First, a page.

Memoirs of the Public Life and Administration of the Right Honourable, the Earl of Liverpool
Saunders and Otley, 1827 - 649 pages
As the Prime Minister of England during the War of 1812, this biography offers a long look at the man who controlled so many fates in two different wars.
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able Administration admitted adopted affairs agreed allies appeared army Bank bill Britain British brought called carried Catholics cause circumstances conduct consideration considered constitution contended continued debate Duke duty Earl effect enemy England entered establishment Europe existing expressed fact farther force foreign France French give Government ground honour House of Commons House of Lords important interests Ireland King late Lord Hawkesbury Lord Liverpool Lordship Majesty Majesty's March means measure meet ment military Ministers motion moved necessary negotiation never noble object observed obtained occasion opinion Opposition Parliament party passed peace period persons Pitt ports possession present Prince principle proposed question received regard respect Royal Highness Russia sent ships situation Spain speech success taken thought tion took trade treaty United whole wished
Page 471 - That an humble address be presented to His Royal Highness the Prince Regent to...
Page 103 - His Majesty is persuaded that the unremitting industry with which our enemies persevere in their avowed design of effecting the separation of Ireland from this kingdom cannot fail to engage the particular attention of Parliament. And His Majesty recommends it...
Page 566 - Did his noble friend conceive, that the commercial greatness of England had arisen from any superior advantage in its climate, any superior fertility in its soil ? No. He might go to the east or to the west, to the north or to the south...
Page 634 - That this House is anxious for the accomplishment of this purpose, at the earliest period that shall be compatible with the well-being of the slaves themselves, with the safety of the colonies, and with a fair and equitable consideration of the interests of private property.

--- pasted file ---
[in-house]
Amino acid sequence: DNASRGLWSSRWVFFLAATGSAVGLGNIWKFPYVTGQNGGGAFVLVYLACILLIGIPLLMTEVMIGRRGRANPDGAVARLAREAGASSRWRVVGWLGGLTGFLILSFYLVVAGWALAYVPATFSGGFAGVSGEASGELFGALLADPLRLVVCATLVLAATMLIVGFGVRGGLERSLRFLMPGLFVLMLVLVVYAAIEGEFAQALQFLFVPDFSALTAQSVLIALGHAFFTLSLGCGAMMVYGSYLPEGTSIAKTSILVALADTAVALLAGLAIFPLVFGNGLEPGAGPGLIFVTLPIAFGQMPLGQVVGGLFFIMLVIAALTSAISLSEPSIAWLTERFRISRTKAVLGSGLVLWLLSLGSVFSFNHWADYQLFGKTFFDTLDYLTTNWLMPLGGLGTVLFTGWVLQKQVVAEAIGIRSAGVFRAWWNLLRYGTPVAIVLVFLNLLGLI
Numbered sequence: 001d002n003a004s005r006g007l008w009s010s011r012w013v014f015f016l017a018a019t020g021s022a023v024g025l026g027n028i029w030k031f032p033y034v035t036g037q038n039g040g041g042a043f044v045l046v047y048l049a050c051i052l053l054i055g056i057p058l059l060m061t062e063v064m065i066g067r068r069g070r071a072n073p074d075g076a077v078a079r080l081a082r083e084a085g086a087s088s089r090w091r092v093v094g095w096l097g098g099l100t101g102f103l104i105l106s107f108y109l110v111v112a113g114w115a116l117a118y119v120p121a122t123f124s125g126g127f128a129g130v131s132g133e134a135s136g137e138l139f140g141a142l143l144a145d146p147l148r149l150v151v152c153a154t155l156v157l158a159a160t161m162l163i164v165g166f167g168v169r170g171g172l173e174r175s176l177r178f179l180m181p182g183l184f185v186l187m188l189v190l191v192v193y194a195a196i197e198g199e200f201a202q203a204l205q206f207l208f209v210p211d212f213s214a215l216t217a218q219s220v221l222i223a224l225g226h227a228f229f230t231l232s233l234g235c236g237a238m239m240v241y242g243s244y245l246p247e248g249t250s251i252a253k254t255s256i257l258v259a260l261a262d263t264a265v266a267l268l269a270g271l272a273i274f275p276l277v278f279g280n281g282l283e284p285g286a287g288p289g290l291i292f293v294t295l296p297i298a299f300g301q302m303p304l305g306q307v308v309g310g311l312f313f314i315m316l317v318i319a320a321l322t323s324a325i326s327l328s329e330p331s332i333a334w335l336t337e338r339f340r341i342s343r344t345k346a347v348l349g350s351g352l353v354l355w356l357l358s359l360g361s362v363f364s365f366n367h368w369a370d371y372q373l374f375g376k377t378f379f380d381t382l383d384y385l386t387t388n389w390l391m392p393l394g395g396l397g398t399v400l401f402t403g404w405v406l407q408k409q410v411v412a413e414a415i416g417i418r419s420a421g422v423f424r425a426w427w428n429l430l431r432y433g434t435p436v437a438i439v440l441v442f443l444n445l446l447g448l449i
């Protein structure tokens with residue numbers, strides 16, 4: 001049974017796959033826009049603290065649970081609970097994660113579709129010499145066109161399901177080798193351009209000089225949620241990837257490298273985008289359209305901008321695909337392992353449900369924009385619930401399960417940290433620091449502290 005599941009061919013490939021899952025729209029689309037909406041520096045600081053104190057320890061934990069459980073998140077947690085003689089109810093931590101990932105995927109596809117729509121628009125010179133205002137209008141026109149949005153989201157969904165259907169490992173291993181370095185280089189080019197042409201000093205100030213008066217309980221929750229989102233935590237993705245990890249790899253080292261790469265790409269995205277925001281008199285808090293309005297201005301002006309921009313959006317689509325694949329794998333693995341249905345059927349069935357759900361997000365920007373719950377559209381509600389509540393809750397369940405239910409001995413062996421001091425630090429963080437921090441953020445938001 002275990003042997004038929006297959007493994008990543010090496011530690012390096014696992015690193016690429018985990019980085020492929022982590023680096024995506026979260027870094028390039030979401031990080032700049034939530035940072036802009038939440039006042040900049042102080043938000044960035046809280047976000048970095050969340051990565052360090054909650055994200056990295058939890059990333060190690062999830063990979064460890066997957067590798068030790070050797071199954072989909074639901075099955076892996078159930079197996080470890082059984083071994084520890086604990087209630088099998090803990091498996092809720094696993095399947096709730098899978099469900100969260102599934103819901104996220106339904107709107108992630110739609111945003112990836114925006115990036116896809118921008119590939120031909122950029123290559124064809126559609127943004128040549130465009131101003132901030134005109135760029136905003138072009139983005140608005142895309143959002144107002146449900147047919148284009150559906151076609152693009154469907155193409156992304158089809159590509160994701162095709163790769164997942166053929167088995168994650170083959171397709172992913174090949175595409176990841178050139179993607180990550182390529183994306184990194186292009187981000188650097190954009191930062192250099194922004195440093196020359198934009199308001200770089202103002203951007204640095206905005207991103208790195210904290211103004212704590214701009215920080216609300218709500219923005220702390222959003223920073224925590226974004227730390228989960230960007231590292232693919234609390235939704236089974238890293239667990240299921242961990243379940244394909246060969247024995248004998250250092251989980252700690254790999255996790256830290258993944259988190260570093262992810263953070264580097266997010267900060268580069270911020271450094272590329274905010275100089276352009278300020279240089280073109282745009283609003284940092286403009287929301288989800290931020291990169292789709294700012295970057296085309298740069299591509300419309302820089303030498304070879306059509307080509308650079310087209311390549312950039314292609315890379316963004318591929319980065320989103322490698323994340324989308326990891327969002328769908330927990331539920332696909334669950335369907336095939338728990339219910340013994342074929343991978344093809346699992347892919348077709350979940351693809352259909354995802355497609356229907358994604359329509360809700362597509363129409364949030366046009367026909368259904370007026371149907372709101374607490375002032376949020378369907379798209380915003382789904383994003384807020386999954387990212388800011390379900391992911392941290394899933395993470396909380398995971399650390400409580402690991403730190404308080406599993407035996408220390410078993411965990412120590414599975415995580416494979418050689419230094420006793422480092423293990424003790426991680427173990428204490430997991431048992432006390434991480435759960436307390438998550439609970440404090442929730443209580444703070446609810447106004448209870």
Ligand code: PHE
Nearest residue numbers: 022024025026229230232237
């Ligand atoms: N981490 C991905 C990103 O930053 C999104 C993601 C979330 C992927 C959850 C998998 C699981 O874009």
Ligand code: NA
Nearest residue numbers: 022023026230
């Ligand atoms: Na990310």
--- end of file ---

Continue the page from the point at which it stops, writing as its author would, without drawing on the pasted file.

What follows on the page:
Page 129 - ... higher orders of the Catholics, and by furnishing to a large class of your Majesty's Irish subjects a proof of the good 'will of the United Parliament, afford the best chance of giving full effect to the great object of the Union, — that of tranquillizing Ireland, and attaching it to this country. ' It is with inexpressible regret, after all he now knows of your Majesty's sentiments, that Mr. Pitt troubles your Majesty, thus at large, with the general grounds of his opinion, and finds himself...
Page 379 - Highness effectually to maintain the great and important interests of the United Kingdom. " And Mr. Perceval humbly trusts, that whatever doubts your Royal Highness may entertain with respect to the constitutional propriety of the measures which have been adopted, your Royal Highness will feel assured that they could not have been recommended by his Majesty's servants, nor sanctioned by Parliament, but upon the sincere, though possibly erroneous, conviction, that they in no degree trenched upon the...
Page 40 - ... that nation which calls herself the most free and the most happy of them all. Even if these miserable beings were proved guilty of every crime before you take them off (of which, however, not a single proof is adduced), ought we to take upon ourselves the office of executioners ? And even if we condescend so far, still can we be justified in taking them, unless we have clear proof that they are criminals ? But if we go much...
Page 128 - ... that if such an Oath, containing (among other provisions) a denial of the power of Absolution from its obligations, is not a security from Catholics, the sacramental test is not more so : — that the political circumstances under which the exclusive laws originated...
Page 160 - This, it was true, had been found unattainable; but we had the satisfaction of knowing, that we had survived the violence of the revolutionary fever, and we had seen the extent of its principles abated. We...
Page 57 - England will never consent that France shall arrogate the power of annulling at her pleasure, and under the pretence of a natural right of which she makes herself the only judge, the political system of Europe, established by solemn treaties, and guaranteed by the consent of all the powers.